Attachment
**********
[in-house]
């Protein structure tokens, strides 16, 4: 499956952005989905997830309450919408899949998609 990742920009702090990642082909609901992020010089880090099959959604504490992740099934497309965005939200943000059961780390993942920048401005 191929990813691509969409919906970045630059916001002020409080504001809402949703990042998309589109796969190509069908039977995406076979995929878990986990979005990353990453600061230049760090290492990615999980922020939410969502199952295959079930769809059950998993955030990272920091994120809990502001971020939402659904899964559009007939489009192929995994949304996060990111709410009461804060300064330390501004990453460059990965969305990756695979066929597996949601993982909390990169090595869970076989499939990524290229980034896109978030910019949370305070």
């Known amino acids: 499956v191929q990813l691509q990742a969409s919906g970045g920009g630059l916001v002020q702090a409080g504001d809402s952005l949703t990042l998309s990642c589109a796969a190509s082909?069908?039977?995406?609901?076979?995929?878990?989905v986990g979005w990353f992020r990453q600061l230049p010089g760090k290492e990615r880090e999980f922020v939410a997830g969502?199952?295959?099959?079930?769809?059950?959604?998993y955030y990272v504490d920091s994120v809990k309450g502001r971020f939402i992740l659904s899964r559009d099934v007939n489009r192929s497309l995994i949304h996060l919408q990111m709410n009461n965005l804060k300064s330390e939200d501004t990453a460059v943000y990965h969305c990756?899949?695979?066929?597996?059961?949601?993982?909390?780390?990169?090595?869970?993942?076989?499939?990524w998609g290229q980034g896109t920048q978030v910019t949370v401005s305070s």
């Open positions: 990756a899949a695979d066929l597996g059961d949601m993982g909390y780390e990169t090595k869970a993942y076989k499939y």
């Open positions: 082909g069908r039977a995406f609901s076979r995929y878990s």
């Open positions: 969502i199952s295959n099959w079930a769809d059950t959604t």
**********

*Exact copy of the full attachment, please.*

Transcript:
[in-house]
């Protein structure tokens, strides 16, 4: 499956952005989905997830309450919408899949998609 990742920009702090990642082909609901992020010089880090099959959604504490992740099934497309965005939200943000059961780390993942920048401005 191929990813691509969409919906970045630059916001002020409080504001809402949703990042998309589109796969190509069908039977995406076979995929878990986990979005990353990453600061230049760090290492990615999980922020939410969502199952295959079930769809059950998993955030990272920091994120809990502001971020939402659904899964559009007939489009192929995994949304996060990111709410009461804060300064330390501004990453460059990965969305990756695979066929597996949601993982909390990169090595869970076989499939990524290229980034896109978030910019949370305070």
């Known amino acids: 499956v191929q990813l691509q990742a969409s919906g970045g920009g630059l916001v002020q702090a409080g504001d809402s952005l949703t990042l998309s990642c589109a796969a190509s082909?069908?039977?995406?609901?076979?995929?878990?989905v986990g979005w990353f992020r990453q600061l230049p010089g760090k290492e990615r880090e999980f922020v939410a997830g969502?199952?295959?099959?079930?769809?059950?959604?998993y955030y990272v504490d920091s994120v809990k309450g502001r971020f939402i992740l659904s899964r559009d099934v007939n489009r192929s497309l995994i949304h996060l919408q990111m709410n009461n965005l804060k300064s330390e939200d501004t990453a460059v943000y990965h969305c990756?899949?695979?066929?597996?059961?949601?993982?909390?780390?990169?090595?869970?993942?076989?499939?990524w998609g290229q980034g896109t920048q978030v910019t949370v401005s305070s």
């Open positions: 990756a899949a695979d066929l597996g059961d949601m993982g909390y780390e990169t090595k869970a993942y076989k499939y």
């Open positions: 082909g069908r039977a995406f609901s076979r995929y878990s």
């Open positions: 969502i199952s295959n099959w079930a769809d059950t959604t």